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Palliative Hospice Care Lacking Among Dying Cancer Patients

Medical societies recommend that patients with advanced cancer receive palliative care soon after...

Voluntary Birth Control To Stop Climate Change - Or Else

In the 1970s, current Obama administration science czar Dr. John Holdren wrote a book advocating...

Arctic Ocean Methane Does Not Reach The Atmosphere

250 methane flares release the climate gas methane from the seabed and into the Arctic Ocean....

Moving Beyond Race-based Drugs

DURHAM, N.C. -- Prescribing certain medications on the basis of a patient's race has long come...

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Self-control is a finite commodity.  Neuroscientists recently took a look at what happens when a person runs out of patience and loses self-control.

This self-control, they say, is limited and once the supply has dwindled, we're less likely to keep our cool when a situation that requires self-control comes around. We have all seen people who lose it over 'nothing' and recognize it may be pent-up frustration.
A new study suggests that your next hotel room stay may come with a bonus - someone else's fecal matter.

Katie Kirsch, an undergraduate student at the University of Houston, presented the work at the 2012 General Meeting of the American Society for Microbiology.  The study was designed as the first step in applying the Hazard Analysis and Critical Control Points (HACCP) system to hotel room cleanliness. Originally developed by NASA, HACCP is a systematic preventive approach that identifies potential physical, chemical and biological hazards and designs measurements to reduce these risks to safe levels.
Soitec, part of Euronext Paris, has announced that the U.S. Department of Energy (DOE) is giving them a SUNPATH award in the amount of $25 million to support its new North American solar manufacturing facility in San Diego, California.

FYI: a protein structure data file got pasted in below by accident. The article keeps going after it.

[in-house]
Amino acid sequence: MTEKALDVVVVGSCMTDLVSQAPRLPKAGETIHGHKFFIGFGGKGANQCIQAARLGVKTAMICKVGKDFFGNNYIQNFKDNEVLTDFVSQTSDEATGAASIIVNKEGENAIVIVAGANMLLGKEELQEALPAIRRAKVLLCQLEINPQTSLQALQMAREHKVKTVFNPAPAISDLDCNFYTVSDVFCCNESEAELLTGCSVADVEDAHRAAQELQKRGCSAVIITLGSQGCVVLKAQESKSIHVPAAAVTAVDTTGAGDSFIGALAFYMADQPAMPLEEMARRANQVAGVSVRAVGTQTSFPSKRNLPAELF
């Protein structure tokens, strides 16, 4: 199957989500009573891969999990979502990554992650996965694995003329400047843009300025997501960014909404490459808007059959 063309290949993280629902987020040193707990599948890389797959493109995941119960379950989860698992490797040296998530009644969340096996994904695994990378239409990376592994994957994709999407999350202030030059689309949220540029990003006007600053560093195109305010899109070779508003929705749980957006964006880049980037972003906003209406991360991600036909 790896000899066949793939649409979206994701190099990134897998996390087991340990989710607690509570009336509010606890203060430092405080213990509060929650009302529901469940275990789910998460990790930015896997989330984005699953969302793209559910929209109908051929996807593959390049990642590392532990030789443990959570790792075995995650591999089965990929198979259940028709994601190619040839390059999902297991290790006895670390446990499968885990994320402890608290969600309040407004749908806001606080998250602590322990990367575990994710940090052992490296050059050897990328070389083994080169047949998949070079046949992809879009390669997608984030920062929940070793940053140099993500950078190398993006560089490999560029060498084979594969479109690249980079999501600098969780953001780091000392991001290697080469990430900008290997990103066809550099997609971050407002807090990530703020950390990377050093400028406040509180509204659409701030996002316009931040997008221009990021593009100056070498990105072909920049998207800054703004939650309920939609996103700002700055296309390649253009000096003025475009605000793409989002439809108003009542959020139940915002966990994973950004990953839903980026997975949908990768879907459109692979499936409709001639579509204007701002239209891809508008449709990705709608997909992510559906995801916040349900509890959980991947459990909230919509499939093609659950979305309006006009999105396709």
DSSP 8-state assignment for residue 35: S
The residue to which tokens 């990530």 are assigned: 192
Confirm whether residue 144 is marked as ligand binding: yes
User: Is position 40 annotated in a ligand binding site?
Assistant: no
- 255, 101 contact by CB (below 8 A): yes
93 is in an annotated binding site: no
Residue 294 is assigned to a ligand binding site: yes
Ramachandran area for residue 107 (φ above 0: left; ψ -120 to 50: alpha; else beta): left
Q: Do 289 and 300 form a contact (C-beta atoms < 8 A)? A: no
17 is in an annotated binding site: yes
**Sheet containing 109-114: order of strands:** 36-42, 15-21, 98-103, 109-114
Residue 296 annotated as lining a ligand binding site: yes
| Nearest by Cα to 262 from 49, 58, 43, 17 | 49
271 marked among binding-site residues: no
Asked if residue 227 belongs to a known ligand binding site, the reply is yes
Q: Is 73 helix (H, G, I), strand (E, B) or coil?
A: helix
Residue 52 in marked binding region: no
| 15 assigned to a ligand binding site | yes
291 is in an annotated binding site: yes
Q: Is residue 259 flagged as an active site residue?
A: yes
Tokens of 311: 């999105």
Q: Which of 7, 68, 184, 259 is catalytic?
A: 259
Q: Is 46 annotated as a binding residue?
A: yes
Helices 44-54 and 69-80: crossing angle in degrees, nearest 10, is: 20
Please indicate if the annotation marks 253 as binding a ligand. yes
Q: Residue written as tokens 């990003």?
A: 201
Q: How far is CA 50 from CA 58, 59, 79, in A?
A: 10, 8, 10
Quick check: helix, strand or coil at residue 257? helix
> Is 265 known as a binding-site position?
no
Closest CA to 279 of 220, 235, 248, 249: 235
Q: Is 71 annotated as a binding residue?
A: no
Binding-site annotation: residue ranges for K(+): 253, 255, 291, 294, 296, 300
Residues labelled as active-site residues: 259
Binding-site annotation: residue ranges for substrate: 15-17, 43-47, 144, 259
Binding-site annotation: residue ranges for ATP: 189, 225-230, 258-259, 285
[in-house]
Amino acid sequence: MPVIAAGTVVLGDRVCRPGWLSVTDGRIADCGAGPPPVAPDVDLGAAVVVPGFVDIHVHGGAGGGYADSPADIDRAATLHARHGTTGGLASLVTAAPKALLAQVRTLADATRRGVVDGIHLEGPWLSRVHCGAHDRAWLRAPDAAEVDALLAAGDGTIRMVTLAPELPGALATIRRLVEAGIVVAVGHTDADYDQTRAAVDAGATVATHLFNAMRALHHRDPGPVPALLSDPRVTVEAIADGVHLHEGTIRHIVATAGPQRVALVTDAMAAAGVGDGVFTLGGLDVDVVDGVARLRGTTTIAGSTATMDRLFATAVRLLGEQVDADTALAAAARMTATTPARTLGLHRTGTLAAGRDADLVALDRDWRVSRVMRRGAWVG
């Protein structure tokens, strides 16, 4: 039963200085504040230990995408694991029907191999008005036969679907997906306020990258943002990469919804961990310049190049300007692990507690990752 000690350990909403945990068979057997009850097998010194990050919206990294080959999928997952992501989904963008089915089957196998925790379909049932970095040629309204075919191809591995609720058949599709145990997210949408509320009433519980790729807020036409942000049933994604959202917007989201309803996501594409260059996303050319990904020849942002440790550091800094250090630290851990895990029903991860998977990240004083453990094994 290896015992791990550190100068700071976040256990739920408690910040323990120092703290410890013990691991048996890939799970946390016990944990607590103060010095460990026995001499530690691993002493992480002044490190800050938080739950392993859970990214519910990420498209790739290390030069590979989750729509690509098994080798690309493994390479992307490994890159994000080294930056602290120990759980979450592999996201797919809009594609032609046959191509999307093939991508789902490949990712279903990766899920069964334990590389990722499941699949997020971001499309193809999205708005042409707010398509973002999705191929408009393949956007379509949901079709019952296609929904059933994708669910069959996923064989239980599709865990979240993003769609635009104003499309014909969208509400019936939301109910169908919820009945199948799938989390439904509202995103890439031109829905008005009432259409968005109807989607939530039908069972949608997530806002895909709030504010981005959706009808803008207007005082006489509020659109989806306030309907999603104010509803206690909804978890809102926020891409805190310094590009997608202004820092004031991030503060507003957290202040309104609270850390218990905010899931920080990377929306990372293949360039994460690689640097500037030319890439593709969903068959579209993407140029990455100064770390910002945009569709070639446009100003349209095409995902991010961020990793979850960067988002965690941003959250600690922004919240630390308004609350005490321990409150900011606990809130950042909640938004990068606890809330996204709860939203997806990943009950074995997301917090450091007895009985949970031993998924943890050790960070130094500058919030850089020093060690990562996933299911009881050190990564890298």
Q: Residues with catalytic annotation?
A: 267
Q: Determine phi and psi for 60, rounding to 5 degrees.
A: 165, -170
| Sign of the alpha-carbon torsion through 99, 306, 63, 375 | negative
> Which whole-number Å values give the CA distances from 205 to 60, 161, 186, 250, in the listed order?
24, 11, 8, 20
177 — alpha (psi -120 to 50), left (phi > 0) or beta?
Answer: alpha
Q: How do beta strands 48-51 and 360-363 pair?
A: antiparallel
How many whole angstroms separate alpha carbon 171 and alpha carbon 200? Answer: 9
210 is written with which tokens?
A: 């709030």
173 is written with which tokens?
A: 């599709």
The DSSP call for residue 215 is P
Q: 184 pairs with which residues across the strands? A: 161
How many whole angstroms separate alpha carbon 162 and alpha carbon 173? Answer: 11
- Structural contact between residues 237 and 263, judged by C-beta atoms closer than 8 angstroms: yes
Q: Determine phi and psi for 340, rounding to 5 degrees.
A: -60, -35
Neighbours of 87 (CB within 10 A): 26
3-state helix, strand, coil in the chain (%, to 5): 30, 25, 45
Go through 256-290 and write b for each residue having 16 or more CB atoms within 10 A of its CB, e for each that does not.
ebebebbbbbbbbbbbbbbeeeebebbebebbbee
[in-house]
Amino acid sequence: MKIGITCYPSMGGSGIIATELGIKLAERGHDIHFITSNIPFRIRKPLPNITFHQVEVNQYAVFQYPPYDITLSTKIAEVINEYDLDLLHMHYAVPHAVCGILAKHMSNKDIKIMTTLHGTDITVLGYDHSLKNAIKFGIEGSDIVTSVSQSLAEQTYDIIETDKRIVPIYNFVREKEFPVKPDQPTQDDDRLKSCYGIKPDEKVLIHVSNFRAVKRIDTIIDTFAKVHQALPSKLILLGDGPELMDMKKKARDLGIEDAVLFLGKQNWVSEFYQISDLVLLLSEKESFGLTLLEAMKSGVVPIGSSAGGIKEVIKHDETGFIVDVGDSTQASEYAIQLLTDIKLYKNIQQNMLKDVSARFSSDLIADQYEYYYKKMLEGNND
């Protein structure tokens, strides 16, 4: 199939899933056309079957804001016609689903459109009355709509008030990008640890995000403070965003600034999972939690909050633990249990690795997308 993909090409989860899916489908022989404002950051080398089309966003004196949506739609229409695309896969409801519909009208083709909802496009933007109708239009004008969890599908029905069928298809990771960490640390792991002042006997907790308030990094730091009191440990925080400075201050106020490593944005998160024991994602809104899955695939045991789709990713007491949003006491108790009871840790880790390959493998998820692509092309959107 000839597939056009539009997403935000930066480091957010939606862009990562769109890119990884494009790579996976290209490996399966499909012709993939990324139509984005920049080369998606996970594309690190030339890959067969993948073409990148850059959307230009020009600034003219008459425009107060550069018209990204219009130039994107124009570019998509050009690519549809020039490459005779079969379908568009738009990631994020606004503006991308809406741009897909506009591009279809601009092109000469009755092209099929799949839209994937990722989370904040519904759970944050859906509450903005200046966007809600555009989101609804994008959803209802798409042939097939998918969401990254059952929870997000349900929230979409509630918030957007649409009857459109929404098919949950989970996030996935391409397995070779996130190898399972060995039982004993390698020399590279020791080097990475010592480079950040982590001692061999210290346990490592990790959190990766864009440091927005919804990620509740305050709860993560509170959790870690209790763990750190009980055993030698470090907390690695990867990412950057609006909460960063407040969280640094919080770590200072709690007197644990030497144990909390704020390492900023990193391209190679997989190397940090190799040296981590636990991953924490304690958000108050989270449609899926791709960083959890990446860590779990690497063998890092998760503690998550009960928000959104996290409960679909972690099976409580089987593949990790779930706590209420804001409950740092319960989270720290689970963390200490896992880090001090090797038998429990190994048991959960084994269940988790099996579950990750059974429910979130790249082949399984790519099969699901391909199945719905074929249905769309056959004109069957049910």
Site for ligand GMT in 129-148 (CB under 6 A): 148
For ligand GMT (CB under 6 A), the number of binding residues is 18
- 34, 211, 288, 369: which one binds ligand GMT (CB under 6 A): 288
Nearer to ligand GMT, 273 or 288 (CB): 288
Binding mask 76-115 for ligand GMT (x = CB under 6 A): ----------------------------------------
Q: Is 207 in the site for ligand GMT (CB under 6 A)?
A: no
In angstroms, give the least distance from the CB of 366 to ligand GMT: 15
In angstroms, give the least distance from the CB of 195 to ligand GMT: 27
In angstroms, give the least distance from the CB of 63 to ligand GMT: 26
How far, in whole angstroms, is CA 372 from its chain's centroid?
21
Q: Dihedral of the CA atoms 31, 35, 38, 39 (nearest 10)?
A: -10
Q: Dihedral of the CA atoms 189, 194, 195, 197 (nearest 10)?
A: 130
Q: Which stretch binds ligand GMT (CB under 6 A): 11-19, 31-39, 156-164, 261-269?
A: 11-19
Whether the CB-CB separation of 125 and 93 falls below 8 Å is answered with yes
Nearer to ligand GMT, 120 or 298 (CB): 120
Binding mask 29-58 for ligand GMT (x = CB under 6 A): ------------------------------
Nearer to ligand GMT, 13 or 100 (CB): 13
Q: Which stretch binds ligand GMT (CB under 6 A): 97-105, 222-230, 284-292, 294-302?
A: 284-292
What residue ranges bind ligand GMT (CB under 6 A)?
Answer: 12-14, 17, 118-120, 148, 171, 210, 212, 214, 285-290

SUNPATH, which stands for Scaling Up Nascent PV At Home, is part of the U.S. governments controversial efforts to increase America's manufacturing competitiveness in the solar market.

Society is in a tough spot. Drug companies are culturally vilified and routinely sued when things go bad - all in return for only a few years of profitability before anyone can make the new drugs they develop - the FDA is constantly under pressure to expedite new drugs to respond to patient needs and governments are increasing pressure and regulation.

 Small wonder there are fewer early stage drug companies and drug shortages.  The situation is even worse in Europe, both in their cultural resistance to modern science and anti-business climate.


Heliatek GmbH, a technology company in the field of organic photovoltaics, has announced that its transparent solar films could be used to be integrated between the glass sheets of double glazed windows. These windows would look like tinted glass as the unique vapor deposition technology for the solar films allows for a homogeneous coating of the solar layer without any distracting patterns or irregularities.  


Think it takes James Webb Space Telescope money-pit type funding to do (or someday do) astronomy these days?

Not so, some astronomers get it done with a lens equivalent to a digital camera. As the saying goes, it's not the size of your aperture, it's the vigor of your numerical analysis that counts.

The KELT North telescope in southern Arizona has a tiny lens - really tiny.  But it has revealed the existence of two very unusual faraway planets in a big way, according to Ohio State University doctoral student Thomas Beatty and Vanderbilt University research scientist Robert Siverd, who detailed their discoveries for the KELT-North team at the American Astronomical Society national meeting in Anchorage.